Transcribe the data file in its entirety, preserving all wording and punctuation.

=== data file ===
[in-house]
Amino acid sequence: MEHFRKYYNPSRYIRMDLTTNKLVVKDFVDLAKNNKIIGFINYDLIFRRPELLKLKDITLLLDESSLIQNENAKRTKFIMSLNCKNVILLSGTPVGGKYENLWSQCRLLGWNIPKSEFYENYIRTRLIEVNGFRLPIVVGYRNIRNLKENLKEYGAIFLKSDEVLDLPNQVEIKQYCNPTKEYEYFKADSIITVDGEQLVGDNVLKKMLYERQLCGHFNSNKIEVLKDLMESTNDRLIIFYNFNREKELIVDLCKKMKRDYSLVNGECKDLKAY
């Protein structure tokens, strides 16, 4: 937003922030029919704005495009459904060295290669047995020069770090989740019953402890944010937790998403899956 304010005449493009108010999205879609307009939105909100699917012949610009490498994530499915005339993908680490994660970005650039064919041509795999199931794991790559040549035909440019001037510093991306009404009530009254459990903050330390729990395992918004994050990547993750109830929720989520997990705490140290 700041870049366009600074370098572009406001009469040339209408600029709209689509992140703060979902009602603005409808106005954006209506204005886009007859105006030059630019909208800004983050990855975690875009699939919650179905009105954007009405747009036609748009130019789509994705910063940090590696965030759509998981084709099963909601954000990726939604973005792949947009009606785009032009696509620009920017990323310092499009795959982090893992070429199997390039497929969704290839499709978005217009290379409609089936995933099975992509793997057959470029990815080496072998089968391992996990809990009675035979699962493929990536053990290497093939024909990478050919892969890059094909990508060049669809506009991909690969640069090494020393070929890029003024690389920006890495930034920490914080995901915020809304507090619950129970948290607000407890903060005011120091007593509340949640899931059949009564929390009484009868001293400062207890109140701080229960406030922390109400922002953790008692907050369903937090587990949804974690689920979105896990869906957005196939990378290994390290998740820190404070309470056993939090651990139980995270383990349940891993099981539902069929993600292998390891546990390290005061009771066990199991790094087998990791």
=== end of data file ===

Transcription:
[in-house]
Amino acid sequence: MEHFRKYYNPSRYIRMDLTTNKLVVKDFVDLAKNNKIIGFINYDLIFRRPELLKLKDITLLLDESSLIQNENAKRTKFIMSLNCKNVILLSGTPVGGKYENLWSQCRLLGWNIPKSEFYENYIRTRLIEVNGFRLPIVVGYRNIRNLKENLKEYGAIFLKSDEVLDLPNQVEIKQYCNPTKEYEYFKADSIITVDGEQLVGDNVLKKMLYERQLCGHFNSNKIEVLKDLMESTNDRLIIFYNFNREKELIVDLCKKMKRDYSLVNGECKDLKAY
């Protein structure tokens, strides 16, 4: 937003922030029919704005495009459904060295290669047995020069770090989740019953402890944010937790998403899956 304010005449493009108010999205879609307009939105909100699917012949610009490498994530499915005339993908680490994660970005650039064919041509795999199931794991790559040549035909440019001037510093991306009404009530009254459990903050330390729990395992918004994050990547993750109830929720989520997990705490140290 700041870049366009600074370098572009406001009469040339209408600029709209689509992140703060979902009602603005409808106005954006209506204005886009007859105006030059630019909208800004983050990855975690875009699939919650179905009105954007009405747009036609748009130019789509994705910063940090590696965030759509998981084709099963909601954000990726939604973005792949947009009606785009032009696509620009920017990323310092499009795959982090893992070429199997390039497929969704290839499709978005217009290379409609089936995933099975992509793997057959470029990815080496072998089968391992996990809990009675035979699962493929990536053990290497093939024909990478050919892969890059094909990508060049669809506009991909690969640069090494020393070929890029003024690389920006890495930034920490914080995901915020809304507090619950129970948290607000407890903060005011120091007593509340949640899931059949009564929390009484009868001293400062207890109140701080229960406030922390109400922002953790008692907050369903937090587990949804974690689920979105896990869906957005196939990378290994390290998740820190404070309470056993939090651990139980995270383990349940891993099981539902069929993600292998390891546990390290005061009771066990199991790094087998990791």